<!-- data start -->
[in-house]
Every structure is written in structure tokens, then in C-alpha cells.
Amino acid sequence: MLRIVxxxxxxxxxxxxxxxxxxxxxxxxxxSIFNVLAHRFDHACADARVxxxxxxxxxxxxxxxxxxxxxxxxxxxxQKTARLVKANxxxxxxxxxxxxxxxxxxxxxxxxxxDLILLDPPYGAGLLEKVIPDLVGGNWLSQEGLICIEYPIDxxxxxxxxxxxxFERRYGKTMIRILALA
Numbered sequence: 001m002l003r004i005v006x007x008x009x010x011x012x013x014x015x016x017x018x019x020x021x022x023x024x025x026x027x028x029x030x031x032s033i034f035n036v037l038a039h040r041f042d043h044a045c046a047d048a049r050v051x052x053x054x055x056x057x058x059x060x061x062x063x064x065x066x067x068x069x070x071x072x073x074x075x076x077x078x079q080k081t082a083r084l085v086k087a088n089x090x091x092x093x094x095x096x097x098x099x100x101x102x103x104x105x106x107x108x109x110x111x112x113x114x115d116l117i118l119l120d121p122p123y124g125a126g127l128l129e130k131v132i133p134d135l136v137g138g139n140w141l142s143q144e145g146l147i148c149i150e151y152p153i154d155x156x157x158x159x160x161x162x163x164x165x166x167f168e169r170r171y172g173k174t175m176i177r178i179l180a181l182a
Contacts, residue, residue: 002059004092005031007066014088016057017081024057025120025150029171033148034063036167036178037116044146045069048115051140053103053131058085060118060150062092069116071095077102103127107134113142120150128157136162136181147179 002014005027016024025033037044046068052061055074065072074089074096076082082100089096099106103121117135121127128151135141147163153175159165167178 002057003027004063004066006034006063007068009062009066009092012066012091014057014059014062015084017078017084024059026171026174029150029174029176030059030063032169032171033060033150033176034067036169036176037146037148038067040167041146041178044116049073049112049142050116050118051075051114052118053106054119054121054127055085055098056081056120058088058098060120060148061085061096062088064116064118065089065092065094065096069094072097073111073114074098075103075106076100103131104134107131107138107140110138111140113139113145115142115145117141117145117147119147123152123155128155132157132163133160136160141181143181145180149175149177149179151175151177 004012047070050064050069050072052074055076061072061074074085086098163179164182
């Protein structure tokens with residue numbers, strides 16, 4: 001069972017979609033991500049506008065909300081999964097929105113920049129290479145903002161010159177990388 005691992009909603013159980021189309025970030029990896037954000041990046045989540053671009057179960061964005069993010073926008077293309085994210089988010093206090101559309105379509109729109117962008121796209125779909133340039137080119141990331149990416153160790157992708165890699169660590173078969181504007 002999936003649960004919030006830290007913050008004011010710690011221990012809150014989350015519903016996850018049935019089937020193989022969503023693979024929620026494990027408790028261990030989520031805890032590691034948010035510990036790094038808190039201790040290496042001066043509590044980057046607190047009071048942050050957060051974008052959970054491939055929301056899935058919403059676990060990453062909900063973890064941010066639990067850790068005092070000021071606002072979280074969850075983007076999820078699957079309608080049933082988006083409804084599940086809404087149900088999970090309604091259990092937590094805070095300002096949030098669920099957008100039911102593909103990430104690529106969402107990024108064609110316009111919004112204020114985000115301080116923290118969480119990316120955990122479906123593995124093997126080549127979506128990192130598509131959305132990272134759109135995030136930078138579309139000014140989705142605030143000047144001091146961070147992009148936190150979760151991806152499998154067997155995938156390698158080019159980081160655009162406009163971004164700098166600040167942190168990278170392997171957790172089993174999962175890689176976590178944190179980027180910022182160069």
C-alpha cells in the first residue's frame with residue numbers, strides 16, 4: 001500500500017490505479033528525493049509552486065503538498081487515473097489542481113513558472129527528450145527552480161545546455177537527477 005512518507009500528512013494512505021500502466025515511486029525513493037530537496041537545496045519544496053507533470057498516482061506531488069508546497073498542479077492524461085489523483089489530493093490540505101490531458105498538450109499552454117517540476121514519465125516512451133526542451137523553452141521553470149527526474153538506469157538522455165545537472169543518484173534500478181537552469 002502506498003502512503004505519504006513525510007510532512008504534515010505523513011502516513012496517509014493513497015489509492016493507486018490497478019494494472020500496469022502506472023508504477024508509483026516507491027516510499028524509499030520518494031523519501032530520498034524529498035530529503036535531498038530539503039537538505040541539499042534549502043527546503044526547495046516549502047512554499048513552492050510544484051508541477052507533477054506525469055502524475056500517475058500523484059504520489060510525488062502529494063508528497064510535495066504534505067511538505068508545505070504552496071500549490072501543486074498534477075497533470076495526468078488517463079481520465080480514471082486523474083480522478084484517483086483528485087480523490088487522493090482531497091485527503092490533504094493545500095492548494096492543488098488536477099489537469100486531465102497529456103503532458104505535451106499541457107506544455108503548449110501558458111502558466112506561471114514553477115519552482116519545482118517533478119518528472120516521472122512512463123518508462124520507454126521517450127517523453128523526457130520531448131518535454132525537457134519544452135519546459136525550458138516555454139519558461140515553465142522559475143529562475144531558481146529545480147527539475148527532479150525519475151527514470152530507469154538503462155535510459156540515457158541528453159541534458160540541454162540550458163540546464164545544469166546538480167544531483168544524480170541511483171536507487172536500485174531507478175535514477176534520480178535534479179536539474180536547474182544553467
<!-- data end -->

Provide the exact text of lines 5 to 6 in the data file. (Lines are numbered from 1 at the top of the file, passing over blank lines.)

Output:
Contacts, residue, residue: 002059004092005031007066014088016057017081024057025120025150029171033148034063036167036178037116044146045069048115051140053103053131058085060118060150062092069116071095077102103127107134113142120150128157136162136181147179 002014005027016024025033037044046068052061055074065072074089074096076082082100089096099106103121117135121127128151135141147163153175159165167178 002057003027004063004066006034006063007068009062009066009092012066012091014057014059014062015084017078017084024059026171026174029150029174029176030059030063032169032171033060033150033176034067036169036176037146037148038067040167041146041178044116049073049112049142050116050118051075051114052118053106054119054121054127055085055098056081056120058088058098060120060148061085061096062088064116064118065089065092065094065096069094072097073111073114074098075103075106076100103131104134107131107138107140110138111140113139113145115142115145117141117145117147119147123152123155128155132157132163133160136160141181143181145180149175149177149179151175151177 004012047070050064050069050072052074055076061072061074074085086098163179164182
């Protein structure tokens with residue numbers, strides 16, 4: 001069972017979609033991500049506008065909300081999964097929105113920049129290479145903002161010159177990388 005691992009909603013159980021189309025970030029990896037954000041990046045989540053671009057179960061964005069993010073926008077293309085994210089988010093206090101559309105379509109729109117962008121796209125779909133340039137080119141990331149990416153160790157992708165890699169660590173078969181504007 002999936003649960004919030006830290007913050008004011010710690011221990012809150014989350015519903016996850018049935019089937020193989022969503023693979024929620026494990027408790028261990030989520031805890032590691034948010035510990036790094038808190039201790040290496042001066043509590044980057046607190047009071048942050050957060051974008052959970054491939055929301056899935058919403059676990060990453062909900063973890064941010066639990067850790068005092070000021071606002072979280074969850075983007076999820078699957079309608080049933082988006083409804084599940086809404087149900088999970090309604091259990092937590094805070095300002096949030098669920099957008100039911102593909103990430104690529106969402107990024108064609110316009111919004112204020114985000115301080116923290118969480119990316120955990122479906123593995124093997126080549127979506128990192130598509131959305132990272134759109135995030136930078138579309139000014140989705142605030143000047144001091146961070147992009148936190150979760151991806152499998154067997155995938156390698158080019159980081160655009162406009163971004164700098166600040167942190168990278170392997171957790172089993174999962175890689176976590178944190179980027180910022182160069």